Moreover, some devices of the type described above only permit positioning of the connection screw after the connector has been placed on the rod. The site of fixation of the screw is thus completely forced on the surgeon, which makes fitting awkward and often inappropriate to the anatomy of the patient.
It has been proposed, as in document U.S. Pat. No. 5,534,002, to form lateral offset connectors in two parts. The first part is made up of a component intended to be passed through, on the one hand, by the rod and, on the other hand, by an end of a lateral stem constituting the second part of the connector and of which the other end has an opening intended to be passed through by a fixation screw. The engagement of the lateral stem in the component can be controlled by the surgeon, and the member for immobilizing the rod in the component also acts in such a way as to press the rod and the stem together against the component to definitively fix their relative positions. This type of lateral connector with adjustable offset does not permit control of the angular position of the stem in relation to the rod, no more than a rotation of the stem in the head, the stem being of partially rectangular cross section. Moreover, in practice, there is no possibility of placing the connection screw in the vertebra after the connector has been positioned on the rod: it often happens that it is necessary to leave part of the screw protruding from the vertebra, which increases the size of the device needlessly and dangerously.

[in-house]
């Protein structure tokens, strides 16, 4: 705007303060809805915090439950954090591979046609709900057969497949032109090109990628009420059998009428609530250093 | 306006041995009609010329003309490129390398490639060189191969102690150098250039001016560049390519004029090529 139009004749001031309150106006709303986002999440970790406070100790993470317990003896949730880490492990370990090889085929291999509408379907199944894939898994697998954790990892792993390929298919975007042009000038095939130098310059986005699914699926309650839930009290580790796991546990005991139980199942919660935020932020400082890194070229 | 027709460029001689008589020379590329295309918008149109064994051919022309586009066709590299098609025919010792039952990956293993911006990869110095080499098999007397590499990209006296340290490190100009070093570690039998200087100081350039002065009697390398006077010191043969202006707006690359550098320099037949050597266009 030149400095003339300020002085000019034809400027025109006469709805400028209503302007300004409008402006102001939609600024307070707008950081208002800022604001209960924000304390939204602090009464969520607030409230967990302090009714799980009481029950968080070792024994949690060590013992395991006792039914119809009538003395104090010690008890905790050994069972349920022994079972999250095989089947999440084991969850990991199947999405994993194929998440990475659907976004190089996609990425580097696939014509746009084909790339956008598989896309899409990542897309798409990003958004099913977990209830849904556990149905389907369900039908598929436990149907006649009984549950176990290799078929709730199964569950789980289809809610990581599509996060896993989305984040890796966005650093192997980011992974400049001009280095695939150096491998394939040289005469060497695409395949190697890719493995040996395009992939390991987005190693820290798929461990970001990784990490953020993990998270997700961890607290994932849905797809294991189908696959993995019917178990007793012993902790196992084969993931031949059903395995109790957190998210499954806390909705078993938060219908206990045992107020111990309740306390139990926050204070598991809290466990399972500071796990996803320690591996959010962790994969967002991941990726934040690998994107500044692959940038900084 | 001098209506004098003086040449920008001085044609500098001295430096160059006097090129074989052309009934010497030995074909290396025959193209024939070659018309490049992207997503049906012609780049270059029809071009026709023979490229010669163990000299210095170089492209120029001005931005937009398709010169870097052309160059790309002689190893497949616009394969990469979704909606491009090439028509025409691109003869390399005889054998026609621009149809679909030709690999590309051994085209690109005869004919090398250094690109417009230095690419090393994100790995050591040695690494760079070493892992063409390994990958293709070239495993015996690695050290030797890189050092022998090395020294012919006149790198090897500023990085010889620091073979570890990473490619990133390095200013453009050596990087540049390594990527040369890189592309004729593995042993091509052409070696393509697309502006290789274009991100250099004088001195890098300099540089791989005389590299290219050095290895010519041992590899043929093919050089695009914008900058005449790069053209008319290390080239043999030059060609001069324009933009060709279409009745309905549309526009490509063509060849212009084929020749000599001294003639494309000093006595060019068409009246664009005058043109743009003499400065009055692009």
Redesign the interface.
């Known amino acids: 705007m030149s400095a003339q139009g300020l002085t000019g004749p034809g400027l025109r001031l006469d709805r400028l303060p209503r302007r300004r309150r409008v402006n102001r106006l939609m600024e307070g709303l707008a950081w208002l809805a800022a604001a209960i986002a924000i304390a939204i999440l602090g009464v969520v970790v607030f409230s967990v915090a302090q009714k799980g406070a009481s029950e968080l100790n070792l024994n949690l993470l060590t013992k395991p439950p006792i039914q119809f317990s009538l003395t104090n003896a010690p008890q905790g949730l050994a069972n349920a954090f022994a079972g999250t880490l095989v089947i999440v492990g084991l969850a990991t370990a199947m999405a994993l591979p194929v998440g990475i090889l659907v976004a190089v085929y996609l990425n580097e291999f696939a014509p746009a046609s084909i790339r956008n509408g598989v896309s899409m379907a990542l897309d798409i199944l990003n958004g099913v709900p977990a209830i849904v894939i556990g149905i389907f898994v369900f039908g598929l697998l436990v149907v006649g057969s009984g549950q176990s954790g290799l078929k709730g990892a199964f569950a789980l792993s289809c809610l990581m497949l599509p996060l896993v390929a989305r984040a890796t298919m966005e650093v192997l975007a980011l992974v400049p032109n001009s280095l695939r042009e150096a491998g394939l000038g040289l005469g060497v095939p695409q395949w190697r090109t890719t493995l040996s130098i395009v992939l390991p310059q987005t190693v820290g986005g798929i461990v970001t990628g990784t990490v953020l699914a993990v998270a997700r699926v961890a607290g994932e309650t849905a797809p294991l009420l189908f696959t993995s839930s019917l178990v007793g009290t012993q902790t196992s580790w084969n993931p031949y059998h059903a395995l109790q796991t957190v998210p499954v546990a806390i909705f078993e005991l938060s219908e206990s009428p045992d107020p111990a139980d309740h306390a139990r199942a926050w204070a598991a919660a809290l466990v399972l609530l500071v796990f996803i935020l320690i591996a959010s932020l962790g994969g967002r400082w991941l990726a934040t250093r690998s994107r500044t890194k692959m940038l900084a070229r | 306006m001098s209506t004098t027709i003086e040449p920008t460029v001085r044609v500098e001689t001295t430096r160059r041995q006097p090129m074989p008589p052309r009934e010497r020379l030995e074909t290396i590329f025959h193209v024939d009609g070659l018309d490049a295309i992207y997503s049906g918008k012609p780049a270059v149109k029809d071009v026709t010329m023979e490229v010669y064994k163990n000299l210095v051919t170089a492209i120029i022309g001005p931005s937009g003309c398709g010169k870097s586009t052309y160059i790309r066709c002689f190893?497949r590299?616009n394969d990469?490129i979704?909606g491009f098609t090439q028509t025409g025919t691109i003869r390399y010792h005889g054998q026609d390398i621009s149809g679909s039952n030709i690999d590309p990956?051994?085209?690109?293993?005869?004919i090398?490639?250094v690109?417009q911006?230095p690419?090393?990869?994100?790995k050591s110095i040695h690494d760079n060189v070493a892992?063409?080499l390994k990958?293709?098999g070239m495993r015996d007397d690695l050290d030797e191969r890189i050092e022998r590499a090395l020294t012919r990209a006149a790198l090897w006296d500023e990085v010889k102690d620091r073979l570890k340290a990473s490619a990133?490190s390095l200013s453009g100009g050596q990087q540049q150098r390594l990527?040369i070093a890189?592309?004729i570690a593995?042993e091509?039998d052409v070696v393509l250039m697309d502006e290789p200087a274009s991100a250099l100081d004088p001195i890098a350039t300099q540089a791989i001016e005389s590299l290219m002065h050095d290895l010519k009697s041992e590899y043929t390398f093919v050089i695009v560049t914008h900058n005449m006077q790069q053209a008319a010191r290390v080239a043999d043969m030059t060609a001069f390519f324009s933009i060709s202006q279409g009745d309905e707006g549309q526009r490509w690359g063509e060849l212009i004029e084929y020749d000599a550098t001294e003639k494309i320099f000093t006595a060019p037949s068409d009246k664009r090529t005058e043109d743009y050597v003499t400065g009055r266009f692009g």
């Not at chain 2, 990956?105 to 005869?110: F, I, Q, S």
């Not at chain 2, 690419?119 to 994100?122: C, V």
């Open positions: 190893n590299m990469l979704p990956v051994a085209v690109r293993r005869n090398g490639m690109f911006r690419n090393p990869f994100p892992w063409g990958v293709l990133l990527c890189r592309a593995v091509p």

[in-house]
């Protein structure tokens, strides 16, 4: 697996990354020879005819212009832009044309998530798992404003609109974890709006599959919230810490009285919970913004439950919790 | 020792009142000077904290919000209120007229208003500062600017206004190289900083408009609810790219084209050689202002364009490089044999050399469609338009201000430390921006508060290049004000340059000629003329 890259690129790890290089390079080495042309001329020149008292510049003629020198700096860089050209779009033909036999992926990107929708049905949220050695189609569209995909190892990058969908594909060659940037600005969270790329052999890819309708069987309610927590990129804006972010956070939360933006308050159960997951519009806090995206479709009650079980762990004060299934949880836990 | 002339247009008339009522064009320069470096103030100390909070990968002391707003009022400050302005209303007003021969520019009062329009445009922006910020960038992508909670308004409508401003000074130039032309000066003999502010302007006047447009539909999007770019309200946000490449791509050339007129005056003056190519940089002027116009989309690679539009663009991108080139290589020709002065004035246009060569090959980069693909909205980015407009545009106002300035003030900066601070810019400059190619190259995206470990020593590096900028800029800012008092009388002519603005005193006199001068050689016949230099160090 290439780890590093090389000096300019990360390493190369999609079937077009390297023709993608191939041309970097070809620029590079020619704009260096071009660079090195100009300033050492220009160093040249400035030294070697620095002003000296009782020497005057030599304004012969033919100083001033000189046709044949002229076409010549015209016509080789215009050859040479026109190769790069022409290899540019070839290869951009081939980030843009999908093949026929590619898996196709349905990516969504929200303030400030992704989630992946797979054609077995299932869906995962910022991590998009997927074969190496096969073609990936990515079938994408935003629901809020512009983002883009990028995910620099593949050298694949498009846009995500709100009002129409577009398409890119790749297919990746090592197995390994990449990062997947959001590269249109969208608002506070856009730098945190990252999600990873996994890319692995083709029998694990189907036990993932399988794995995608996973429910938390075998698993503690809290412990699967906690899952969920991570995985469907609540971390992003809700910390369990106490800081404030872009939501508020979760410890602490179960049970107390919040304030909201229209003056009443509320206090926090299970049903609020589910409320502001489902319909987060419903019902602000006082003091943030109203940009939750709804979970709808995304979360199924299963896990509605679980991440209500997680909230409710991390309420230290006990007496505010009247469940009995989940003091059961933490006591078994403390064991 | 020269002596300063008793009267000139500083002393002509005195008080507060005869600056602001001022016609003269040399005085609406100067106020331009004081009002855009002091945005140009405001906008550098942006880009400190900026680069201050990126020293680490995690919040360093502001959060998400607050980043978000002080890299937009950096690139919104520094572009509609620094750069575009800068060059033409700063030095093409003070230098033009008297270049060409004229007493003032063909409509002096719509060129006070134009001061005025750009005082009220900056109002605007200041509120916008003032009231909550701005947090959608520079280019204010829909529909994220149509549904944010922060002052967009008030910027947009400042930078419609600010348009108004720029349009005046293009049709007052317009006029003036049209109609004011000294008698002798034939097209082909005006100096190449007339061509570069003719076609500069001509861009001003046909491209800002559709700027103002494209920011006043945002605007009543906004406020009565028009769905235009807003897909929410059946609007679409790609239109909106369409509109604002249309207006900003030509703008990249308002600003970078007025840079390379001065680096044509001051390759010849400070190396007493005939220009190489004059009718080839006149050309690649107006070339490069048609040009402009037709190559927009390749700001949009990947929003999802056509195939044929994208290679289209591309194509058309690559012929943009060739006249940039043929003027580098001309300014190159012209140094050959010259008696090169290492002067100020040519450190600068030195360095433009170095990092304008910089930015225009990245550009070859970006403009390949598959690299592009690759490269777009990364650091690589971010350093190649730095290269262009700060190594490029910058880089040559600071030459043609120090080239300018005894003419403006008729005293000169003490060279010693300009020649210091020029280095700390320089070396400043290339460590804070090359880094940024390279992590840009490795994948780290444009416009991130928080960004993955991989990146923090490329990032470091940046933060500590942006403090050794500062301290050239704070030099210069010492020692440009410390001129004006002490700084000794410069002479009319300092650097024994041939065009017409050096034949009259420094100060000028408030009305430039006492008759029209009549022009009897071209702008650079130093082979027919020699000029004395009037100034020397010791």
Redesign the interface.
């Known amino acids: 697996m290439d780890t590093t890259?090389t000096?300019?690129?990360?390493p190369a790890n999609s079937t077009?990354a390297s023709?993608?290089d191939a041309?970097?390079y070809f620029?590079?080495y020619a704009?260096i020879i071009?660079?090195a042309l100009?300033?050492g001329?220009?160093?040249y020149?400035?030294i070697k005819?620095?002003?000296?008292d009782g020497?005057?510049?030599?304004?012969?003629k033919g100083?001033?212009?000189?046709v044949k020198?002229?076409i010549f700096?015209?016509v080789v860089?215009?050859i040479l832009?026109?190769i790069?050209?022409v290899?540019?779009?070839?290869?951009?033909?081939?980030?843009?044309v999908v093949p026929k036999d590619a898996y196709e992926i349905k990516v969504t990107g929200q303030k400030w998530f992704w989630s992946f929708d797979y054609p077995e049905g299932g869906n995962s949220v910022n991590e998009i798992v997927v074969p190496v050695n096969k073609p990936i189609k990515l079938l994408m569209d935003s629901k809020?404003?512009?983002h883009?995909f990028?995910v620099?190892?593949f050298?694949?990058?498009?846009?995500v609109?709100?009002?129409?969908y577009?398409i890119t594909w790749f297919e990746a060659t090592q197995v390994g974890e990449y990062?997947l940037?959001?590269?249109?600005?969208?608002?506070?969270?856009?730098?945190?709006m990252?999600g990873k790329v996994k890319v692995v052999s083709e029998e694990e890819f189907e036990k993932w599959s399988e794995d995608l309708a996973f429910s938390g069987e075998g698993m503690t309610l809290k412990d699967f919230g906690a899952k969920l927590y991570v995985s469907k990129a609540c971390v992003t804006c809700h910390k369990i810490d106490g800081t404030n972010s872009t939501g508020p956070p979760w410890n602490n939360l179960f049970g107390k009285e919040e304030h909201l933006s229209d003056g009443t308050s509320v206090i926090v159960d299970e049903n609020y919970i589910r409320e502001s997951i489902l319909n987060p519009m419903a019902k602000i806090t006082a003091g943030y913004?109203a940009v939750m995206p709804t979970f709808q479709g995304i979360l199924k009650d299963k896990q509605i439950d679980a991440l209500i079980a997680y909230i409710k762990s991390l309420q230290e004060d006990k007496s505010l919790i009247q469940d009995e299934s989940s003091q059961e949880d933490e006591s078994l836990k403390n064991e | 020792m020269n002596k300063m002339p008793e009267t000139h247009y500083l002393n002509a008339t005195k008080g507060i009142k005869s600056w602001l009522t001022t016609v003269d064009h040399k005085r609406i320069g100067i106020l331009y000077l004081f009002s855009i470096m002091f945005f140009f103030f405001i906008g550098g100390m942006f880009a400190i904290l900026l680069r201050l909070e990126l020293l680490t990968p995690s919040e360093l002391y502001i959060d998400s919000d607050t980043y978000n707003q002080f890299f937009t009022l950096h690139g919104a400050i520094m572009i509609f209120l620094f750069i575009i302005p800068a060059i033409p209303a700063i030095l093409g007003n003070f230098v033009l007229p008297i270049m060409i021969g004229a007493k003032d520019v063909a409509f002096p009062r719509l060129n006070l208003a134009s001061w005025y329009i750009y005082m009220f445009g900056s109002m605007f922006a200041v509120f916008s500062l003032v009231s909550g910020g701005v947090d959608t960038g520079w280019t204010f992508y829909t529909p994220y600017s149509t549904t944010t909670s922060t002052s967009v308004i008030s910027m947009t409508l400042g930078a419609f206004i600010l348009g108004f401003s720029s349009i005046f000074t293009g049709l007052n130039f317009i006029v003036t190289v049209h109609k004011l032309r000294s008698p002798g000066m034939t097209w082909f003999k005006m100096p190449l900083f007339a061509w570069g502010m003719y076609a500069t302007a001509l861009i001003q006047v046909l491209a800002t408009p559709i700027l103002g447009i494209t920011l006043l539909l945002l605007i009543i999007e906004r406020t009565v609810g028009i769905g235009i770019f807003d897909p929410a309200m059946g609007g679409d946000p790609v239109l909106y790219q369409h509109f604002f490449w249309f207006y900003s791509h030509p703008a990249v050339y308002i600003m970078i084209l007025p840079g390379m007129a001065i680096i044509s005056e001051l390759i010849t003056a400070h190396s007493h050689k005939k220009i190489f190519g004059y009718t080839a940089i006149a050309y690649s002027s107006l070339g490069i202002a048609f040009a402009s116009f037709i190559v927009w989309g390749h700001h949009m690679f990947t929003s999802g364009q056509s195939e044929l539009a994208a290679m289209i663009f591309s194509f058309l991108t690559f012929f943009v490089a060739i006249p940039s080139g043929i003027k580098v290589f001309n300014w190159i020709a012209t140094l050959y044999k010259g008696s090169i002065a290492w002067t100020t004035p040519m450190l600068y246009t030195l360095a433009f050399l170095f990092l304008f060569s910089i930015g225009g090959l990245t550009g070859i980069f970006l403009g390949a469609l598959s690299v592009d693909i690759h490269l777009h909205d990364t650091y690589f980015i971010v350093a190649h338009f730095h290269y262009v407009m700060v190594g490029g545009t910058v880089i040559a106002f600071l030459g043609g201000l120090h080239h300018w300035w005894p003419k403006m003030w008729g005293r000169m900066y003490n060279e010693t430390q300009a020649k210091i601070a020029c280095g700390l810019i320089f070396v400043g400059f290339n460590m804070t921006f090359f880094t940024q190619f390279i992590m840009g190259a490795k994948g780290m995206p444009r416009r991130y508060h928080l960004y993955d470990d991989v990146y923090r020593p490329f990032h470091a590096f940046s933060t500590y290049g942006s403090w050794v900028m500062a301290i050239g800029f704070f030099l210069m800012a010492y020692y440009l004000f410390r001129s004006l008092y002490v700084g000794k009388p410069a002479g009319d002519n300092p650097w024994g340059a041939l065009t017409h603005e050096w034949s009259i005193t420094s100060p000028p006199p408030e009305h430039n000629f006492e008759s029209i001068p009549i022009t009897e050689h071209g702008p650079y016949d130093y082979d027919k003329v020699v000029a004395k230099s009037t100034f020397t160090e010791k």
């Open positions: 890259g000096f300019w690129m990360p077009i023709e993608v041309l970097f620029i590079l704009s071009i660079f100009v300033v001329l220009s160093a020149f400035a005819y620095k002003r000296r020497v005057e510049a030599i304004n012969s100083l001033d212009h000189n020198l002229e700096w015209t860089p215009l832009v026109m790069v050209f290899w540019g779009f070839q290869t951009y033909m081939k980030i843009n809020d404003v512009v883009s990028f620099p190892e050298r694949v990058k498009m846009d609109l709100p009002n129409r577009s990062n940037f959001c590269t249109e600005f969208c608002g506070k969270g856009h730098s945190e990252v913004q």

It is an object of the invention to make available to surgeons a type of lateral connector with adjustable offset for a device for stabilizing the spine, connecting a rod and a means for fixing the connector to a vertebra which is quick and easy to fit at any point of the spine, including in the cervical area, and permitting optimum placement of the fixation means under all conditions.
To this end, the subject of the invention is a lateral connector with adjustable offset for providing a connection between a rod of a device for correcting and stabilizing the spine and a fixation member for fixing said device to the spine, such as a screw or a hook, of the type comprising a first component intended to be connected to said fixation member and provided with an extension intended to be inserted in translation into a second component of said connector, said second component being formed by a head which comprises a seat for receiving said rod and means for immobilizing said rod in said seat, said immobilizing means also immobilizing the extension in the second component, characterized in that: